Also, the interest of 沙夜 for the main character is incomprehensible at face value. My head canon is that he is incredibly hot (in a geeky way) and she believes she can fix him.

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I enjoyed the hell out of that book, but I listened to it as an audiobook. I remember feeling like it was a kids story and giving the weak parts of the story a lot of leeway. But it’s cute and there’s a talking cat - how can I resist?

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I guess reading the book did it a disservice, since, between kanji usage and the lack of furigana, there’s no way to interpret it as a kids book.

I did enjoy the cat, though!

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I seriously think they’re doing the book a disservice by not making it accessible to kids. It’s the sort of book I would have adored at age ~10. Also the characters don’t really live up to adult scrutiny…

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I finished ふらいんぐうぃっち 6 | L19 and 人外さんの嫁 1巻 (ZERO-SUMコミックス) | L17 as my “easiest in TBR” and “easiest ever” bingo spot, respectively.
ふらいんぐういっち was fun, but, as usual, I don’t really feel any pull to keep going. Without the bingo, that series would have been gathering dust on my shelf. Now, it’s just volume 7-11 gathering dust :stuck_out_tongue:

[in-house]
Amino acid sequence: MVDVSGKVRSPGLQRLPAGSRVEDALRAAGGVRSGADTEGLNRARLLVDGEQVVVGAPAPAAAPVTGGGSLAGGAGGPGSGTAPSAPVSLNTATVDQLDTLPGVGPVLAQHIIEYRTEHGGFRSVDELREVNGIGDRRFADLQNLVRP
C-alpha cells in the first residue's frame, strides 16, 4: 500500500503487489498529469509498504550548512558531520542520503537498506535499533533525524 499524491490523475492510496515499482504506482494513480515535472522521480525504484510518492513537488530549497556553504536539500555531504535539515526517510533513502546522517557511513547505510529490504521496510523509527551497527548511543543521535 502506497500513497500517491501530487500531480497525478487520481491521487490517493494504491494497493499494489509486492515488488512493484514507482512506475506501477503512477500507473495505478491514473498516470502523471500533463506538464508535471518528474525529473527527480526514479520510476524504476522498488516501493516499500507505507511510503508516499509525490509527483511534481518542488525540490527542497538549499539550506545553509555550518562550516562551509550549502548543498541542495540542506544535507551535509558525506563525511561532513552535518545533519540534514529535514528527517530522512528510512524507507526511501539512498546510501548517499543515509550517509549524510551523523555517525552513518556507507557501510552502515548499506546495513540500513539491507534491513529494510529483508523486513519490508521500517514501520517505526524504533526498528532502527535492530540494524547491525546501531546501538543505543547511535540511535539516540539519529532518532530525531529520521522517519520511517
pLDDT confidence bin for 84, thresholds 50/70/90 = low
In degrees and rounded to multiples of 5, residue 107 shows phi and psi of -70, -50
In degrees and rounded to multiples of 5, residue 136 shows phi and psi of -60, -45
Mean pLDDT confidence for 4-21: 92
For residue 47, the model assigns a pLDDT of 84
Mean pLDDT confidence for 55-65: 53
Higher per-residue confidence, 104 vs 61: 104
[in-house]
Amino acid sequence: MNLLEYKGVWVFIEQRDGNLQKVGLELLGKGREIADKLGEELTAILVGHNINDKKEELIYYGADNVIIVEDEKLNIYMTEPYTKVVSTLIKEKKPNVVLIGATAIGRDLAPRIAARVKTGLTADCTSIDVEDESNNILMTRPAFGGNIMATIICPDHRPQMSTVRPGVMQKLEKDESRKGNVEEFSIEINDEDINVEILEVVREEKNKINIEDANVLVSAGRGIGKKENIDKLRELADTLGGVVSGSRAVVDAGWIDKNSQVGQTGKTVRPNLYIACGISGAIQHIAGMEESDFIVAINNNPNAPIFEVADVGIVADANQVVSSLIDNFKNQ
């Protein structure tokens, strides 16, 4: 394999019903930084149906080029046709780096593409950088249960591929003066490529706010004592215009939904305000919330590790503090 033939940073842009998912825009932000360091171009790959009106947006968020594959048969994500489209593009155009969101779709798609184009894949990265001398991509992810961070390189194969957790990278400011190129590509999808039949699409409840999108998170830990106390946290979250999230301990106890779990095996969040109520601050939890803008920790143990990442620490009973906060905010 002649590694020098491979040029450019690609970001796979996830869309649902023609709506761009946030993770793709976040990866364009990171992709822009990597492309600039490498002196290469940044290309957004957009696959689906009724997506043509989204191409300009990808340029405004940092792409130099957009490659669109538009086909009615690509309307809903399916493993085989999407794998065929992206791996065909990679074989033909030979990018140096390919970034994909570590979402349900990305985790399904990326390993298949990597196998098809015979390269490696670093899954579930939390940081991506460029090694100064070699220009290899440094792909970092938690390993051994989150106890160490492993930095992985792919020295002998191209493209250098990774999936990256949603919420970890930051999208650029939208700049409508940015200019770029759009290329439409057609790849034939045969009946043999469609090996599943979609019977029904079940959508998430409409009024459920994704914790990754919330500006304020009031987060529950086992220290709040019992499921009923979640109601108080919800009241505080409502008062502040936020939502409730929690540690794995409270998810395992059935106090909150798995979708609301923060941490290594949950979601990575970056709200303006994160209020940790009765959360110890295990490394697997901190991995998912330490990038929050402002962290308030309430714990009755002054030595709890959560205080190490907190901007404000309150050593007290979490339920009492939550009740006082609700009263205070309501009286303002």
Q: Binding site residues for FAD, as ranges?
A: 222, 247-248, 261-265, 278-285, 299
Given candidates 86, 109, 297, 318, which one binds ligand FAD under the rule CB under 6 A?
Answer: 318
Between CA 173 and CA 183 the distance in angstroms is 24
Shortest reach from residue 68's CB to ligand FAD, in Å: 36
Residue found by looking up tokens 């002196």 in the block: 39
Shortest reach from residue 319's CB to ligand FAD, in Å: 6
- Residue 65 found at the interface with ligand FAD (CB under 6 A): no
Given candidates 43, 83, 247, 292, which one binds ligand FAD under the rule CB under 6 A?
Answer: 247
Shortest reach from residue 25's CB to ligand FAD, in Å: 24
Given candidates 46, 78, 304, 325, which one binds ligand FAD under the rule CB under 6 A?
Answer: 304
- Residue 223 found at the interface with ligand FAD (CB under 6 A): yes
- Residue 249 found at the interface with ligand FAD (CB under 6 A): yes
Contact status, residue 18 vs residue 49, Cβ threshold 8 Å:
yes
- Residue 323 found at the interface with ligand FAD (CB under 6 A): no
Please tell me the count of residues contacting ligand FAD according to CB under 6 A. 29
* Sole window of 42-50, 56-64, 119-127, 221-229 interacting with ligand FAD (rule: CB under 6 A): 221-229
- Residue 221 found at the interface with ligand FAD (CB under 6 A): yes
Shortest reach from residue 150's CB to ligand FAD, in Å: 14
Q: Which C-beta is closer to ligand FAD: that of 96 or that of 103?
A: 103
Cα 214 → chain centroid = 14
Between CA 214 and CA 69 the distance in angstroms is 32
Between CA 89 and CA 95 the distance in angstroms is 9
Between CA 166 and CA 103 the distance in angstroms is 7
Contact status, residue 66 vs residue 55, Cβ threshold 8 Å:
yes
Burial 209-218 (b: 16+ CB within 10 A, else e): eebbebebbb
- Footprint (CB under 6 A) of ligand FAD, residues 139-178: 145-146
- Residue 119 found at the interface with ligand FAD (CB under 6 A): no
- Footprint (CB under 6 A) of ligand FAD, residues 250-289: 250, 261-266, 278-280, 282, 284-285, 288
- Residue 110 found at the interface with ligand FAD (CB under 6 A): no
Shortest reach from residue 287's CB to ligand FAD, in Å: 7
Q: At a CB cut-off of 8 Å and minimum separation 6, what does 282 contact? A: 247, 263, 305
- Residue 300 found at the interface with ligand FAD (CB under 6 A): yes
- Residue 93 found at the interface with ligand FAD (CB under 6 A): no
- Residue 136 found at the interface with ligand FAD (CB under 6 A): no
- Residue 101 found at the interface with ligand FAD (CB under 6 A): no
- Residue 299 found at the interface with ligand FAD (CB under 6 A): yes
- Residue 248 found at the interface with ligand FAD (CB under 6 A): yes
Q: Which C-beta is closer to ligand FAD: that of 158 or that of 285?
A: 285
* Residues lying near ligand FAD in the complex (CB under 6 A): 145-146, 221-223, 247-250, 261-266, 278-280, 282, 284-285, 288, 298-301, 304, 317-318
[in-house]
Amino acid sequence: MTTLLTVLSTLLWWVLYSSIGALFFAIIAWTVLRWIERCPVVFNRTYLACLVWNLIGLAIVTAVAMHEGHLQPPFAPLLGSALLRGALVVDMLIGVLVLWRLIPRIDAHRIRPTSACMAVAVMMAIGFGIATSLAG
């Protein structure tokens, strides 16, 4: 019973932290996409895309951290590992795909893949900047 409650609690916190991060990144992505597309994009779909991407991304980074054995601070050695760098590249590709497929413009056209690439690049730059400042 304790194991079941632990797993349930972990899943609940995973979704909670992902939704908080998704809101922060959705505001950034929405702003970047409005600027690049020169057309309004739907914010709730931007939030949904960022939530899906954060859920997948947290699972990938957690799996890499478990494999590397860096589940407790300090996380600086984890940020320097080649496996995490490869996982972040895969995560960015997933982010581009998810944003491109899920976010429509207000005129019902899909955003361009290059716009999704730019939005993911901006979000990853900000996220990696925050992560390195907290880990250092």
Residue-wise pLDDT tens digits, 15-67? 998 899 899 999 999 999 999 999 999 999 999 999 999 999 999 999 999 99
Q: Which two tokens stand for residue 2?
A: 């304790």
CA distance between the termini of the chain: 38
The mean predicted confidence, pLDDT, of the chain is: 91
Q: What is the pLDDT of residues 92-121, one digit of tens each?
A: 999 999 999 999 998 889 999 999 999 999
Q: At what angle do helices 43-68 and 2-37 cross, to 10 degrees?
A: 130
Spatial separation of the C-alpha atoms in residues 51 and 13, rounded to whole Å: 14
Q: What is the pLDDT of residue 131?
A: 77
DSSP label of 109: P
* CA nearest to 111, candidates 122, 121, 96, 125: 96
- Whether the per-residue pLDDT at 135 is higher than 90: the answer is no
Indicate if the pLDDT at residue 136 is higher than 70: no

人外さんの嫁 was okay. Some wholesome moments too, but it felt quite empty. There’s no justification as to why the main character (and some other guys) are called wives and the non-human counterpart called husband, regardless of gender (e.g., there’s at least two cases where the guy is the wife and the female monster the husband). It’s also unclear why monsters are marrying humans. They aren’t doing anything particularly couple-y either…
Another issue is the price. Content is very light (a single 4-koma per page). I don’t think I will keep going with that series.

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I still feel bad I haven’t read those (I have watched the anime a few times)… I started the first one, but couldn’t really motivate myself to keep going (it’s not bad or anything, I’m just a hard sell with iyashikei). I’ll read it eventually tho